It took quite a few attempts to get the album as it is now, I started off making some demos of the pieces solo at home, listening back then recording again. Then eventually I got around to trying to record the album and we did so in a church. We only got Sixes & Sevens the band piece done and it was for guitar, drums, clarinet and viola, but that recording didn’t really cut it so we went for it again in Jimmy Eadie’s studio about a year later. Having a studio ended up being a totally necessary tool for doing what I wanted to do, being able to have isolation between instruments was the main thing, so David, the drummer and I could record live but not have the drums drown out the guitar. I then had some friends come down to the studio and overdub some different parts that I had in mind and I laid down some organ. We did this on a few different days and I was able to go home a listen to what we had done before in between and see what needed working on or whatever and that was a big help having the time to let things sit. Jimmy and his studio are both killer, a real perfect mix of great equipment and knowledge but musical and understanding. The record collection that they have in the studio made things clear that we were in the right place: listening to Robert Johnson, The Velvet Underground and electric Miles Davis for our many tea breaks.
Is there a significance to the album title?
There is. I liked the simplicity of the word, that it is fairly innocuous sounding but can be taken to mean a range of different things. There also seemed to be a lot of pairs coming up throughout making it, in lots of different ways. The title means one thing to me and something else to another person and I think that perhaps best explains the reason I chose it.
There’s a real mix of influences on the album, from eastern modal sounds to more straight American folk or blues. When did you find yourself being drawn to these kinds of sounds and how have you gone about exploring them?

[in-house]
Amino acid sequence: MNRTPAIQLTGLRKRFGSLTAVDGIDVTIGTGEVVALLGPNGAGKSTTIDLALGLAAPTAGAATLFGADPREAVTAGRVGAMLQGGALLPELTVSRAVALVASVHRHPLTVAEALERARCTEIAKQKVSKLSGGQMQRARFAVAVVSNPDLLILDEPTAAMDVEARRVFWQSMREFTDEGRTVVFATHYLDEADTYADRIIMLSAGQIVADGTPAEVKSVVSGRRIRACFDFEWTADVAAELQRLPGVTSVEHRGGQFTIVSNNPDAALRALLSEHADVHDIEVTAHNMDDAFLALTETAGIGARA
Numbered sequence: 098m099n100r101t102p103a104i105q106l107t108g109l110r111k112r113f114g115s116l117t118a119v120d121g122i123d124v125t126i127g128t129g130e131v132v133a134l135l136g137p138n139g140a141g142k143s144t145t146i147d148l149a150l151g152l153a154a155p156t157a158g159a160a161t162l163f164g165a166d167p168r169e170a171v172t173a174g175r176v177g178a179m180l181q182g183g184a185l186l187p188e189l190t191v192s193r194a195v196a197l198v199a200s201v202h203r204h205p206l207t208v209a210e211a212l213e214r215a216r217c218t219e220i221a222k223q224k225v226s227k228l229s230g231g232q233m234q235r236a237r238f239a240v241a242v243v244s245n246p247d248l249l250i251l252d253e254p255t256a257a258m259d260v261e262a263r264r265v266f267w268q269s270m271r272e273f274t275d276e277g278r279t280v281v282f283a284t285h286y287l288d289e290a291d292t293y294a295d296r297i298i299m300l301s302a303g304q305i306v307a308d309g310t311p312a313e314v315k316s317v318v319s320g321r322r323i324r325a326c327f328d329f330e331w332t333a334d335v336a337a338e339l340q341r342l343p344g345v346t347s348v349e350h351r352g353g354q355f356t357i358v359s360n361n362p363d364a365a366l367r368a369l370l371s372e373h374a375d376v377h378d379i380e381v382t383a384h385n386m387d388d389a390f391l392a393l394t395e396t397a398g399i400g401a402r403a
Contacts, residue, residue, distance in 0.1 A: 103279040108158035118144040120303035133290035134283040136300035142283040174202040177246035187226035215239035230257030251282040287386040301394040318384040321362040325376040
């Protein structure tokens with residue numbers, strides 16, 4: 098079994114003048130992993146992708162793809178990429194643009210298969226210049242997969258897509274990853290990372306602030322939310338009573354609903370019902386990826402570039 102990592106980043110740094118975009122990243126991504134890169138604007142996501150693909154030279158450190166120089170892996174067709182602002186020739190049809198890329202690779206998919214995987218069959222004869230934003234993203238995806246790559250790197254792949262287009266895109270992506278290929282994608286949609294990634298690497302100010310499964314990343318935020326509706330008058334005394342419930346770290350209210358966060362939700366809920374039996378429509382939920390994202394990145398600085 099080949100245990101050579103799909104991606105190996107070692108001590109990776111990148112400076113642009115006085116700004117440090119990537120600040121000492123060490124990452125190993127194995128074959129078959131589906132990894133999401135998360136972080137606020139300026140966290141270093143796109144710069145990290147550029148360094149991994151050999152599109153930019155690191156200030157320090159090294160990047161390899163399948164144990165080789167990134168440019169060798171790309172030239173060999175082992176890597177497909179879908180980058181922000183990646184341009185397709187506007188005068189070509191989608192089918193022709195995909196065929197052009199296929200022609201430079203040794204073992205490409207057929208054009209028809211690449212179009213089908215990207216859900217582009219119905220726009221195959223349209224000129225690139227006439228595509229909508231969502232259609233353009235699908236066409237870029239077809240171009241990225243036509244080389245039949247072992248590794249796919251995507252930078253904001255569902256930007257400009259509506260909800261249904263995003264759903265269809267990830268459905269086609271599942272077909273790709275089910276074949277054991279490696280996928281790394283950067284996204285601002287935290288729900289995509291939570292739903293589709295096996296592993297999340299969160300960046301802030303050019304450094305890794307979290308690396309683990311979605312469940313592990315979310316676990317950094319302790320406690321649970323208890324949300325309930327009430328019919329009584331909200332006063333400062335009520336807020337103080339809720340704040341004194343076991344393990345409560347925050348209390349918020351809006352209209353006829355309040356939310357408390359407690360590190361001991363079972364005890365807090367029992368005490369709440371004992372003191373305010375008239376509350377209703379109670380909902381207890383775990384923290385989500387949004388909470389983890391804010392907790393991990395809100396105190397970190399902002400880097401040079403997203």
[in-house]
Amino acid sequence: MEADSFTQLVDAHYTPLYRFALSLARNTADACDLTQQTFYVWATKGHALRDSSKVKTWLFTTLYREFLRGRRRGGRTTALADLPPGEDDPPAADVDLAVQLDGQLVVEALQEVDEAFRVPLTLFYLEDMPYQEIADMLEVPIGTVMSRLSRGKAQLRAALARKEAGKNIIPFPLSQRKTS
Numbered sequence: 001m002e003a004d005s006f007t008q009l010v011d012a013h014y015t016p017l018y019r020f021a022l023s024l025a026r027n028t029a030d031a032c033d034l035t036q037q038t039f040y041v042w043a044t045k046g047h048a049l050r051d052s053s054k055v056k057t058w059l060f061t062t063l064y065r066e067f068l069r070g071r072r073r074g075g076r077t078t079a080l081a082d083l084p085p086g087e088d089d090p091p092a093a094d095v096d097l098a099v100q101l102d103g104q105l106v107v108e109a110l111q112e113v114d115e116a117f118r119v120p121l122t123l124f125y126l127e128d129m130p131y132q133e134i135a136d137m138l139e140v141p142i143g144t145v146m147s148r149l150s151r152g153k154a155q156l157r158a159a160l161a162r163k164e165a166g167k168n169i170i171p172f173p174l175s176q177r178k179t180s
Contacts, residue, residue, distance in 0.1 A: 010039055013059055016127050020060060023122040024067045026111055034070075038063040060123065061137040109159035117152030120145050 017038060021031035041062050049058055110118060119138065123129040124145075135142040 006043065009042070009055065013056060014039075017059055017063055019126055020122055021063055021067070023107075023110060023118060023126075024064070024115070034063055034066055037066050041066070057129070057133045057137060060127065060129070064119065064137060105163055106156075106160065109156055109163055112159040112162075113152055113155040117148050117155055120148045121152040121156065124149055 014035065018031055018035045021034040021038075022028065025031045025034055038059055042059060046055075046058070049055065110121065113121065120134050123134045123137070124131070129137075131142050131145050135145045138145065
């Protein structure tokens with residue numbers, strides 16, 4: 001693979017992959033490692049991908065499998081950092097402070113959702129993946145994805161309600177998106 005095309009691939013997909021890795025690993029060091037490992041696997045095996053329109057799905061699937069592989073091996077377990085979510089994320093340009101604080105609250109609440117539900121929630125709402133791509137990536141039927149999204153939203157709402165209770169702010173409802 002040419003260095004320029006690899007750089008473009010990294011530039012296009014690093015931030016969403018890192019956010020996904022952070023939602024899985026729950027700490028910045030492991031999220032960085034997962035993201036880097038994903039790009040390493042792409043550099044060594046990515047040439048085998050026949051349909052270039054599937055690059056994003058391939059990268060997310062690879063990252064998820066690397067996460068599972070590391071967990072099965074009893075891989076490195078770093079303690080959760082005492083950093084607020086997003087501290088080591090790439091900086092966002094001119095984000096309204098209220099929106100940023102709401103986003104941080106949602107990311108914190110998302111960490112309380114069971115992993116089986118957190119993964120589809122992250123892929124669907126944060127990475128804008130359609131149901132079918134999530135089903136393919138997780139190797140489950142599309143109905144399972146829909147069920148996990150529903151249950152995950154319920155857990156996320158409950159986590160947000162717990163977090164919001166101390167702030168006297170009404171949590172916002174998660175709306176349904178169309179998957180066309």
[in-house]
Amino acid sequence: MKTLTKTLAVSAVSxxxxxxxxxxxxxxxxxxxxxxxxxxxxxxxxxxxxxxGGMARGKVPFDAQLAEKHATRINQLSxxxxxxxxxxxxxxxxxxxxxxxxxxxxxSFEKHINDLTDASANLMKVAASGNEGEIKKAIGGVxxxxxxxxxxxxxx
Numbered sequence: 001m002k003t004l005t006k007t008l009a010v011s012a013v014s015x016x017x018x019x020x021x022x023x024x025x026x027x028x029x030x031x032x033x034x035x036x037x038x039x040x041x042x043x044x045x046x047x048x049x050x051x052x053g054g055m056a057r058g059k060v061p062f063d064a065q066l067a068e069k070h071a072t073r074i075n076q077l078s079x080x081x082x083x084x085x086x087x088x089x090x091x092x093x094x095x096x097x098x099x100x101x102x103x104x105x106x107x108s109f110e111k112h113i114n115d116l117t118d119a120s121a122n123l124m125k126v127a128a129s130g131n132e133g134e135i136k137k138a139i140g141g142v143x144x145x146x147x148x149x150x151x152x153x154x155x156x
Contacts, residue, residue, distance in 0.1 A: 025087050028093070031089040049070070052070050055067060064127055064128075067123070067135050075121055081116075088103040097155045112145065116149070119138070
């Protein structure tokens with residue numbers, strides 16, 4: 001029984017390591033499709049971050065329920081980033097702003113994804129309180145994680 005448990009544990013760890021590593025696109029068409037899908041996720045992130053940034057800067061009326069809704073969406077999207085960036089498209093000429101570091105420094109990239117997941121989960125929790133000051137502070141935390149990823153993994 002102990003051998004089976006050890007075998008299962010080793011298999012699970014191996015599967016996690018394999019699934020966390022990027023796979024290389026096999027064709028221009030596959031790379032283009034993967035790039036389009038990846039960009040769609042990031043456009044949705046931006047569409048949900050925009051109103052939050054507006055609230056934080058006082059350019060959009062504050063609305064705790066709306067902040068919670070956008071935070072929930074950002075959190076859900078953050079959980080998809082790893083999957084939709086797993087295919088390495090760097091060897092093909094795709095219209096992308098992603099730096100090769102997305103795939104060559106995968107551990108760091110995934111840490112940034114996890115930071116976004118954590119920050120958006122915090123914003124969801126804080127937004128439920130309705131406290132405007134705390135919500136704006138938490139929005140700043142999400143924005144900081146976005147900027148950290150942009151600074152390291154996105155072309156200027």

I guess I’ve been picking the stuff I like up for a long time, slowly getting in to different things and seeing what I can take from them. I think a broad taste n music can work for and against you though, it can leave it a bit difficult to know which things to follow up on and how to go about combining different influences. I think with this record I was trying to balance things out, to not have too much of any one thing, but not pointlessly eclectic either. If there was a loud part then it was good to balance it with a quiet part, sometimes through linear development and sometimes through contrast. When I say it like this it sounds like it was quite a considered, post modern collage process, which it really wasn’t it all just sort of developed instinctively over time.
You’ve toured a lot, how has that influenced the music you make? Playing with people like Jack Rose or Glenn Jones must have been pretty extraordinary?
Yeah, touring is a wild ride! I don’t think I’ve ever been so exhausted as when touring — getting up early to sit in an airport after foolishly drinking until 4 am for the third day running can leave you feeling pretty wrecked and wondering why you’re doing it then you get to where you’re going and play a good gig and you’re back to loving it — the lows are low and the highs are high. Playing every day like that can really cause you to question what you are doing and examine the strengths and weaknesses of it too, to get up in front of people and play to them (especially alone) you want to feel like you’ve got something worthwhile to offer, it can be harsh but is ultimately really positive for development I think.